2. Respect for human and peoples’ rights in accordance with the African Charter on Human and Peoples Rights and other relevant human rights instruments.

3. Transparency and accountability in the management of public affairs.

4. Promotion of social justice to ensure balanced socio-economic development.

5. Condemnation and rejection of acts of corruption, related offences and impunity.

Article 4

Scope of Application

1. This Convention is applicable to the following acts of corruption and related offences:

(a) the solicitation or acceptance, directly or indirectly, by a public official or any other person, of any goods of monetary value, or other benefit, such as a gift, favour, promise or advantage for himself or herself or for another person or entity, in exchange for any act or omission in the performance of his or her public functions;

(b) the offering or granting, directly or indirectly, to a public official or any other person, of any goods of monetary value, or other benefit, such as a gift, favour, promise or advantage for himself or herself or for another person or entity, in exchange for any act or omission in the performance of his or her public functions;

(c) any act or omission in the discharge of his or her duties by a public official or any other person for the purpose of illicitly obtaining benefits for himself or herself or for a third party;

(d) the diversion by a public official or any other person, for purposes unrelated to those for which they were intended, for his or her own benefit or that of a third party, of any property belonging to the State or its agencies, to an independent agency, or to an individual, that such official has received by virtue of his or her position;

(e) the offering or giving, promising, solicitation or acceptance, directly or indirectly, of any undue advantage to or by any person who directs or works for, in any capacity, a private sector entity, for himself or herself or for anyone else, for him or her to act, or refrain from acting, in breach of his or her duties;

(f) the offering, giving, solicitation or acceptance directly or indirectly, or promising of any undue advantage to or by any person who asserts or confirms that he or she is able to exert any improper influence over the decision making of any person performing functions in the public or private sector in consideration thereof, whether the undue advantage is for himself or herself or for anyone else, as well as the request, receipt or the acceptance of the offer or the promise of such an advantage, in consideration of that influence, whether or not the influence is exerted or whether or not the supposed influence leads to the intended result;

(g) illicit enrichment;

(h) the use or concealment of proceeds derived from any of the acts referred to in this Article; and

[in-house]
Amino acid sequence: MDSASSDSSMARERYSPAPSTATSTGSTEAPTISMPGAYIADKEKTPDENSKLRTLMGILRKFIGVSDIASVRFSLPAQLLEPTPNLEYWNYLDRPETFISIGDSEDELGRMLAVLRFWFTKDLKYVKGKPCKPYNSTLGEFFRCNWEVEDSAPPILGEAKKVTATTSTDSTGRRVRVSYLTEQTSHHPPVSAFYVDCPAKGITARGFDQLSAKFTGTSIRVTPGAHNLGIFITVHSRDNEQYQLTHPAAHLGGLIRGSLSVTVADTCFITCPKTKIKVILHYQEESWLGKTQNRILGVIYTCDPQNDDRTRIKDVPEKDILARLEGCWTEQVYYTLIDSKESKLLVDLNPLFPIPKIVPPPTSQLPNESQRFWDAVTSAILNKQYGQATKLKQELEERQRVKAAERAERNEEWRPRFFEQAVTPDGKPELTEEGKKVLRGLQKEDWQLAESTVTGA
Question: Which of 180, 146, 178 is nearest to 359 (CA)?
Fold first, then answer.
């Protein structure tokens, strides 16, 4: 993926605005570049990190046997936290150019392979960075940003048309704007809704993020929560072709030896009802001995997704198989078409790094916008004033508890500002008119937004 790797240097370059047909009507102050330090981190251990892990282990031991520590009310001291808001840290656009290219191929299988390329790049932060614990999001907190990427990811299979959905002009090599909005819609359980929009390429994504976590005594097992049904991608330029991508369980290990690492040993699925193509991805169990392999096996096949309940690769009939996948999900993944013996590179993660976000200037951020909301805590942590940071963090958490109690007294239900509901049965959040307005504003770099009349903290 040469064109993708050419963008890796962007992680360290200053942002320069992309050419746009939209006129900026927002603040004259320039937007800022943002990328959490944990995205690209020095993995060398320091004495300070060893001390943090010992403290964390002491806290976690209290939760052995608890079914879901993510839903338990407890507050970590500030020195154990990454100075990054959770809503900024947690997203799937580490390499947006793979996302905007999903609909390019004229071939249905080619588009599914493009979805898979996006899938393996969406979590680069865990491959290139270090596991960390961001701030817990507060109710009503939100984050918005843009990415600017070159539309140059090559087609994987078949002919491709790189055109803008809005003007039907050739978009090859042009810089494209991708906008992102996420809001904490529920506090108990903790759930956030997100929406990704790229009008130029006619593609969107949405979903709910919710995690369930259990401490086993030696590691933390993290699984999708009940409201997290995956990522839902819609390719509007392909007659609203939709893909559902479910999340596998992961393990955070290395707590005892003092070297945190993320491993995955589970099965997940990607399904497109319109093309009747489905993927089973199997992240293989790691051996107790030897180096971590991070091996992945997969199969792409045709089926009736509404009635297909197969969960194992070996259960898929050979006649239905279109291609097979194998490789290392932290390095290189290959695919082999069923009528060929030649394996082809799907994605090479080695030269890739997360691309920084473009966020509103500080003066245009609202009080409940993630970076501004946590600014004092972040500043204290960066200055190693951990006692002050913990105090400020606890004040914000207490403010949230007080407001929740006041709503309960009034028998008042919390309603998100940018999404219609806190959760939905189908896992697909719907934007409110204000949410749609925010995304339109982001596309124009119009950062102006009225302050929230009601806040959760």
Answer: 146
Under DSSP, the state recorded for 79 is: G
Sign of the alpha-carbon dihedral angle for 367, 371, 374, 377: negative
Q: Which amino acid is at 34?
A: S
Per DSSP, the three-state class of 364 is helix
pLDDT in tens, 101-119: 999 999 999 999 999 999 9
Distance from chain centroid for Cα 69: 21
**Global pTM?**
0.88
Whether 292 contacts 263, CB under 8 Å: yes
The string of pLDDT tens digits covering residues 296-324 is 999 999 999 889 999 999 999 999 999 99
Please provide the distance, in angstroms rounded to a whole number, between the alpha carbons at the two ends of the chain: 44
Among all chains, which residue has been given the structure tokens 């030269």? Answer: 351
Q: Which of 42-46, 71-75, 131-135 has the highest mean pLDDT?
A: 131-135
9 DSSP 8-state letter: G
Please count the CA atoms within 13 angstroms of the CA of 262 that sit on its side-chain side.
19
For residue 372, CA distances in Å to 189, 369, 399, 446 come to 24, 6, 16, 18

(i) participation as a principal, co-principal, agent, instigator, accomplice or accessory after the fact, or on any other manner in the commission or attempted commission of, in any collaboration or conspiracy to commit, any of the acts referred to in this article.

2. This Convention shall also be applicable by mutual agreement between or among two or more State Parties with respect to any other act or practice of corruption and related offences not described in this Convention.

Article 5

Legislative and other Measures

For the purposes set-forth in Article 2 of this Convention, State Parties undertake to:

1. Adopt legislative and other measures that are required to establish as offences, the acts mentioned in Article 4 paragraph 1 of the present Convention.

2. Strengthen national control measures to ensure that the setting up and operations of foreign companies in the territory of a State Party shall be subject to the respect of the national legislation in force.

3. Establish, maintain and strengthen independent national anticorruption authorities or agencies.

4. Adopt legislative and other measures to create, maintain and strengthen internal accounting, auditing and follow-up systems, in particular, in the public income, custom and tax receipts, expenditures and procedures for hiring, procurement and management of public goods and services.

5. Adopt legislative and other measures to protect informants and witnesses in corruption and related offences, including protection of their identities.

6. Adopt measures that ensure citizens report instances of corruption without fear of consequent reprisals.

7. Adopt national legislative measures in order to punish those who make false and malicious reports against innocent persons in corruption and related offences.

8. Adopt and strengthen mechanisms for promoting the education of populations to respect the public good and public interest, and awareness in the fight against corruption and related offences,

including school educational programmes and sensitization of the media, and the promotion of an enabling environment for the respect of ethics.